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      • I recommend that you read the book “Who Really Cares: The Surprising Truth About Compassionate Conservatism” by Arthur C. Brooks. You will find ample proof there. Also, as I pointed out in my own comment on this thread, evangelicals give far more to humanitarian relief organizations than to social advocacy charities. I looked up the IRS Form 990 information for World Vision, Samaritan’s Purse, Compassion International, and Prison Fellowship. Last year, just those four humanitarian relief groups received $2.5 billion in donations. By contrast, the four social advocacy groups of Alliance Defending Freedom, American Center for Law and Justice, Family Research Council, and National Right to Life only received $75 million in donations. I think each of these two sets of four organizations is representative of their categories, so you can see for yourself where evangelicals are donating the bulk of their resources.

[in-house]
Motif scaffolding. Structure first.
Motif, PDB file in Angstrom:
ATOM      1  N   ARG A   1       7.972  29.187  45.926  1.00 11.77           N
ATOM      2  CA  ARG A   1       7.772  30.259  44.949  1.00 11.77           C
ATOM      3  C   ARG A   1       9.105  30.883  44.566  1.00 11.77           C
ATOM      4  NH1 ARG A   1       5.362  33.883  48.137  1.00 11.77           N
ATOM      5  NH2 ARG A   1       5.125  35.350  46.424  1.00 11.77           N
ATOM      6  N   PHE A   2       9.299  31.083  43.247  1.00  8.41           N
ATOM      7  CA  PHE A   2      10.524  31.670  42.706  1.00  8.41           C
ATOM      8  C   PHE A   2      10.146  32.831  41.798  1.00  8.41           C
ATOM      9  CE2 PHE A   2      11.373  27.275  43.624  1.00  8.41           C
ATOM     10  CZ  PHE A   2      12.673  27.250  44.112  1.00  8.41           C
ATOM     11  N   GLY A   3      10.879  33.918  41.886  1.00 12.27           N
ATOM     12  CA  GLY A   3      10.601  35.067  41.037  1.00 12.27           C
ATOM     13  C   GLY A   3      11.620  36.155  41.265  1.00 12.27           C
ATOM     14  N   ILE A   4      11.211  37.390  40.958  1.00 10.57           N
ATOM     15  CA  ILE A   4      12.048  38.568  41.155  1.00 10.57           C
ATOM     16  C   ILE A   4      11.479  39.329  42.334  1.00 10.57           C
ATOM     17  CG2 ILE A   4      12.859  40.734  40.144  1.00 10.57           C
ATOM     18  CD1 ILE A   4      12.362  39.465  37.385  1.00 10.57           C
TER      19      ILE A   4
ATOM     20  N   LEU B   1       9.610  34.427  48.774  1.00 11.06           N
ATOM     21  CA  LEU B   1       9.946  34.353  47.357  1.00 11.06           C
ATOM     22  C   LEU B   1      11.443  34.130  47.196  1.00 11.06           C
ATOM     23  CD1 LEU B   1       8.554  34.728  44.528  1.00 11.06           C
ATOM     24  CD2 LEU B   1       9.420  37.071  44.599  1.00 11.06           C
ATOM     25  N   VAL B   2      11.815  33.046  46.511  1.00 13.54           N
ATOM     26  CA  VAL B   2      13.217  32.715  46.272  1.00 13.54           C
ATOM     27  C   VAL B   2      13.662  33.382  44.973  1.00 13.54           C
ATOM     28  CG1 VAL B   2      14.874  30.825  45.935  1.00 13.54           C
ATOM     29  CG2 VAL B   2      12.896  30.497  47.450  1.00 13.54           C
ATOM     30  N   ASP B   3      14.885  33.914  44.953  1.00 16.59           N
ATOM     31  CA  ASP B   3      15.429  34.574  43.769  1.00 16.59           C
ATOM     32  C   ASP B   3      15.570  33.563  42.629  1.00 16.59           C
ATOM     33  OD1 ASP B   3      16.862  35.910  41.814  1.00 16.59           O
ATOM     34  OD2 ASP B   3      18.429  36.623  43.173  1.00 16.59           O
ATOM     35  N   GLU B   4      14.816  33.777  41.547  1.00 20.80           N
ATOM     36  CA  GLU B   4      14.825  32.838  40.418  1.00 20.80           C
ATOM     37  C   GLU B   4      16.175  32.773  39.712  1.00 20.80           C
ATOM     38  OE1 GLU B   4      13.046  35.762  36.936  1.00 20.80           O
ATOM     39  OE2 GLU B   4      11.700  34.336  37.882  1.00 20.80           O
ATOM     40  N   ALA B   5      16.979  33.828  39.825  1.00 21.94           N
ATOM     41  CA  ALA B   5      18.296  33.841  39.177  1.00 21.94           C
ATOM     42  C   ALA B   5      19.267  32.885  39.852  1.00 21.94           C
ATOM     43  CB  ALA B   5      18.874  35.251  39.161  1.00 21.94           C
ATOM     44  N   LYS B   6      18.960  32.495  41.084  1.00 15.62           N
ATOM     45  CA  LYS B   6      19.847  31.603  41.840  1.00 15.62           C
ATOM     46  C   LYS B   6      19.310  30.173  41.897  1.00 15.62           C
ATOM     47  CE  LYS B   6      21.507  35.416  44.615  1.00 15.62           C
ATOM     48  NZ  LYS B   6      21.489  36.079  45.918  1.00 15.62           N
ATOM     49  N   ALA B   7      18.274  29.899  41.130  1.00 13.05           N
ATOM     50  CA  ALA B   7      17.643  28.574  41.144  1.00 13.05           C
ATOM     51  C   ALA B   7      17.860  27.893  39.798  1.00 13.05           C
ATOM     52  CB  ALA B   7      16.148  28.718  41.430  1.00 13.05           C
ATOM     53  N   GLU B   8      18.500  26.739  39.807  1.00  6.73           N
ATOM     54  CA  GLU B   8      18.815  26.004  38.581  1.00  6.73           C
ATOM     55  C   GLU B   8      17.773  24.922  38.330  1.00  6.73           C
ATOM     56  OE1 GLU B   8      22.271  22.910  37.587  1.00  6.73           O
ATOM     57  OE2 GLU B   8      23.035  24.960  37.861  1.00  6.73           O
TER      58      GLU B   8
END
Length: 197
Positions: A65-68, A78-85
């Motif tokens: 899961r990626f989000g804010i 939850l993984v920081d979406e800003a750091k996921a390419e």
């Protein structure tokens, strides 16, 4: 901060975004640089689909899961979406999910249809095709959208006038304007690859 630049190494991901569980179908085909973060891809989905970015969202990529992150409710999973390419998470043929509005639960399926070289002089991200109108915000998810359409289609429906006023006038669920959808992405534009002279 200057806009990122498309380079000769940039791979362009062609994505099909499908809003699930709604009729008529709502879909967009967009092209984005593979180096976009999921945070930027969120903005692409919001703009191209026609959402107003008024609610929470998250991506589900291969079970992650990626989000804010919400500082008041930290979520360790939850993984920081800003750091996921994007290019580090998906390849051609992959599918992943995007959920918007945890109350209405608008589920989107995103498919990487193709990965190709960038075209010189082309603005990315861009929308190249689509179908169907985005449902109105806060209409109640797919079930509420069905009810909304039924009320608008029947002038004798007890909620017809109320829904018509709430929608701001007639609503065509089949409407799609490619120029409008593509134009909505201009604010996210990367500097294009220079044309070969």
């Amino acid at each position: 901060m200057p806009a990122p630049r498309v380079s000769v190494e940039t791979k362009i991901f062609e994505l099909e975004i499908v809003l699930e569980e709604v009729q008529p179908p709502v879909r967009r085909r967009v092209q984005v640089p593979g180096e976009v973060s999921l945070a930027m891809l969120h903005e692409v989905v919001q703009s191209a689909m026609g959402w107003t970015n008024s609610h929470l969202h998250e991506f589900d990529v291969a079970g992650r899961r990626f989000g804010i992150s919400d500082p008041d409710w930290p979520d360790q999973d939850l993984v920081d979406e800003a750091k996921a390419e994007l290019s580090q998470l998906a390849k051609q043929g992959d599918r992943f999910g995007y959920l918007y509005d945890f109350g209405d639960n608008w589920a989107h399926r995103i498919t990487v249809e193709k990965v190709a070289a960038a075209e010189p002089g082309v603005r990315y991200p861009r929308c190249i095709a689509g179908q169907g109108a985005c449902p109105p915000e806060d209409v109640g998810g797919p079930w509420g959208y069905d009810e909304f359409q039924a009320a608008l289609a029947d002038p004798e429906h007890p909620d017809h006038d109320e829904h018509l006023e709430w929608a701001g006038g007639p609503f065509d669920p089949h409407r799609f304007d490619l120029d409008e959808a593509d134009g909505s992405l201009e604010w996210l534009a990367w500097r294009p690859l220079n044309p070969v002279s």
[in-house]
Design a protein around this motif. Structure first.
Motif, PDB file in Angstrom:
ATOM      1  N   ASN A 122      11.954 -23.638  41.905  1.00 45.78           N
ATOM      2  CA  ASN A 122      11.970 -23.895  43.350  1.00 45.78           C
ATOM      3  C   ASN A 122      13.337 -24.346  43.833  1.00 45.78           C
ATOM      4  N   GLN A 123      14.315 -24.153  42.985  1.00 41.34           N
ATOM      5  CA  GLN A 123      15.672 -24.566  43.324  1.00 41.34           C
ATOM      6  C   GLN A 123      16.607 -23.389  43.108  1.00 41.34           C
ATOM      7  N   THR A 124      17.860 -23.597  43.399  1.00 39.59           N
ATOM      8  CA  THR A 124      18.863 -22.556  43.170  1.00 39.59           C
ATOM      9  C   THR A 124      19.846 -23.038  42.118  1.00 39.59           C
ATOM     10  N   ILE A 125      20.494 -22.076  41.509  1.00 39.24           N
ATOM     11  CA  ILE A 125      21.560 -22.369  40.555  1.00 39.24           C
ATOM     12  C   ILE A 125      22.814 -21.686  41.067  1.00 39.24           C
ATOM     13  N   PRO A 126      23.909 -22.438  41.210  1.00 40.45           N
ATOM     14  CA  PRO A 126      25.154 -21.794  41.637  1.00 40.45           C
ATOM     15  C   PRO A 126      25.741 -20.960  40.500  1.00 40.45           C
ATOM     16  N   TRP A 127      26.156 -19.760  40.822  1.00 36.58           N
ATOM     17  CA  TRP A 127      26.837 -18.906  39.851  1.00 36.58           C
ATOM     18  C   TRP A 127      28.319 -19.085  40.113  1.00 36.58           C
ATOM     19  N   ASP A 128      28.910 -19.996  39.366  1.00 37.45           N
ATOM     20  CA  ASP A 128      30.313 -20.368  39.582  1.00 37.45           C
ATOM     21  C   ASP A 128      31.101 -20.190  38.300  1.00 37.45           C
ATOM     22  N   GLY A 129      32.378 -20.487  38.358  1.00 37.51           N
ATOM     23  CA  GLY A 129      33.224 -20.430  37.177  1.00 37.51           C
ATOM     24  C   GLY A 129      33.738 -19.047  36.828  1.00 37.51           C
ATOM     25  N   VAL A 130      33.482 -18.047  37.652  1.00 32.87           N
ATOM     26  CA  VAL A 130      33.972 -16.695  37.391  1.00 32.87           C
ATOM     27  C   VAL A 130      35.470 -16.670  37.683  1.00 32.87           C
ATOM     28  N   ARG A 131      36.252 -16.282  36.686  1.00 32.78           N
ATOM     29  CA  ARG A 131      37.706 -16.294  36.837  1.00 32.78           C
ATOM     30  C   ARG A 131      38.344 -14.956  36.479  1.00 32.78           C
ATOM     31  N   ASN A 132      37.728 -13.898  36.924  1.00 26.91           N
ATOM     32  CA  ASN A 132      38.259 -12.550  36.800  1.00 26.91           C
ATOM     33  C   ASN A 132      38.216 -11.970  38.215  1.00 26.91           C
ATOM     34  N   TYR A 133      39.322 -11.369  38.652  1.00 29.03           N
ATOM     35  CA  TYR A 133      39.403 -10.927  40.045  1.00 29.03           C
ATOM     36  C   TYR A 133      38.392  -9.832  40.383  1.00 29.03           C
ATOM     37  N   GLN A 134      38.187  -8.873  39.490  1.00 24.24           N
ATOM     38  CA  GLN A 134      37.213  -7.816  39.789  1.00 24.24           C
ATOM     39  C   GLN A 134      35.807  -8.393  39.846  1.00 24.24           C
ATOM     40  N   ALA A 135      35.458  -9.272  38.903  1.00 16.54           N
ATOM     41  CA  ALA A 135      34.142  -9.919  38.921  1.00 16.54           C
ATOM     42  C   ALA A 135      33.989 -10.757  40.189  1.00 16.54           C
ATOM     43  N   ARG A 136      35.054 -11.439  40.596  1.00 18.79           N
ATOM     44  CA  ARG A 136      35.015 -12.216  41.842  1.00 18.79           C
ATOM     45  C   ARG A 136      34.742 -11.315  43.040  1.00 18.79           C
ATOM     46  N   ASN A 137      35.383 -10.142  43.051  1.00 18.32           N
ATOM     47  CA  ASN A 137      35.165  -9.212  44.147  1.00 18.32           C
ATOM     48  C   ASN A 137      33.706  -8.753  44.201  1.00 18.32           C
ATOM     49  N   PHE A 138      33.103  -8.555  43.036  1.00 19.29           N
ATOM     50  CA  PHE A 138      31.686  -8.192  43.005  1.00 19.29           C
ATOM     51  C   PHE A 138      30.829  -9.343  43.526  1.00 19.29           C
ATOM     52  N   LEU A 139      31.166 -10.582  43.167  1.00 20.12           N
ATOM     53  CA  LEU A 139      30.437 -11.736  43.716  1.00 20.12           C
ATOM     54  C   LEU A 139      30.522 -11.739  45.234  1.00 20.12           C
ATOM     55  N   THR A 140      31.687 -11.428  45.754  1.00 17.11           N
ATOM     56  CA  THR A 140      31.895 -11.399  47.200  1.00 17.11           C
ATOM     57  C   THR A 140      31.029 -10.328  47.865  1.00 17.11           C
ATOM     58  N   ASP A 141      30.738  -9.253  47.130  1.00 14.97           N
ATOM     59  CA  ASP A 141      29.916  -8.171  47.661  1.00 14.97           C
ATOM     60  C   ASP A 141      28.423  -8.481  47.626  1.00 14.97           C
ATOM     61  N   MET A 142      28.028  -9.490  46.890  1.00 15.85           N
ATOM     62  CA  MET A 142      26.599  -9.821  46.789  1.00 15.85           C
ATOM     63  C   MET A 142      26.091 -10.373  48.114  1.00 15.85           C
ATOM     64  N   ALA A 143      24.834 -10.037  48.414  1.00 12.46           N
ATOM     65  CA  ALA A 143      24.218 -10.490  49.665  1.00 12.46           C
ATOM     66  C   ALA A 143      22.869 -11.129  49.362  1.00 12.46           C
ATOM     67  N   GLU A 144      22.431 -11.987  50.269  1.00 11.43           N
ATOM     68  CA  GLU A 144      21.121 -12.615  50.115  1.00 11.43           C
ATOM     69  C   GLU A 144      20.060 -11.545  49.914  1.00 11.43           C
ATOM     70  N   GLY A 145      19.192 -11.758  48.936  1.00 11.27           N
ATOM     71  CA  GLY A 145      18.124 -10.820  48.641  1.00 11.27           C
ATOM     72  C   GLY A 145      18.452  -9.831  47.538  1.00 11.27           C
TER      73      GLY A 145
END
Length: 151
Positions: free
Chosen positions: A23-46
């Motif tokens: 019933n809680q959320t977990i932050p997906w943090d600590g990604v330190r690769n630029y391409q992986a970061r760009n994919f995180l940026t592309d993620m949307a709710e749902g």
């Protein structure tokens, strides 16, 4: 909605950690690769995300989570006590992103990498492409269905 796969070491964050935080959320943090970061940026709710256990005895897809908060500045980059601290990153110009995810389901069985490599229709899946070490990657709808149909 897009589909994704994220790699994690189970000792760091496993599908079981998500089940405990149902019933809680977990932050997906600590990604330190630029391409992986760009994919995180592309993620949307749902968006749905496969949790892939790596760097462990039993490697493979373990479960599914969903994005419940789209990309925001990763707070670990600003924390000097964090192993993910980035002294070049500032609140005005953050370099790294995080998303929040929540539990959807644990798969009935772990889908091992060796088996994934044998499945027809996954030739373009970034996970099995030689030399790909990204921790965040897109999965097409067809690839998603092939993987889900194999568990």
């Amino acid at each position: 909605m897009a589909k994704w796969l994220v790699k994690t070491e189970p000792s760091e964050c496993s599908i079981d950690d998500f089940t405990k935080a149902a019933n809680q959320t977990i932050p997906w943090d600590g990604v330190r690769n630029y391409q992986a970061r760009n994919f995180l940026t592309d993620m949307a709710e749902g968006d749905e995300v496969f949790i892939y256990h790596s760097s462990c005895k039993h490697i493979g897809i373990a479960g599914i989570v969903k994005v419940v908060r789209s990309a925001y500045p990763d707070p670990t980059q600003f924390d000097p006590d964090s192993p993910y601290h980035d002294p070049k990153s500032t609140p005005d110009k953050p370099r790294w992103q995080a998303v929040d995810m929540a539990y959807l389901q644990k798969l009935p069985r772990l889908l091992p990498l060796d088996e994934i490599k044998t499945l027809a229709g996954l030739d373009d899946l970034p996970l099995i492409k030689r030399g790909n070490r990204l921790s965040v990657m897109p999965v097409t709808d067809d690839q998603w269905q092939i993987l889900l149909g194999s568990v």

Liked by 3 people

        • That’s not a fair comparison at all. A lot of non-evangelicals and non-Christians donate to World Vision, Samaritan’s Purse and Compassion International. For obvious reasons, they would not donate to the social advocacy causes you listed. Unless you have specifically limited your research to a fixed quantity of Evangelical donors and tracked their donations to both types of organizations, this is a comparison that is useless at best and deliberately misleading at worst.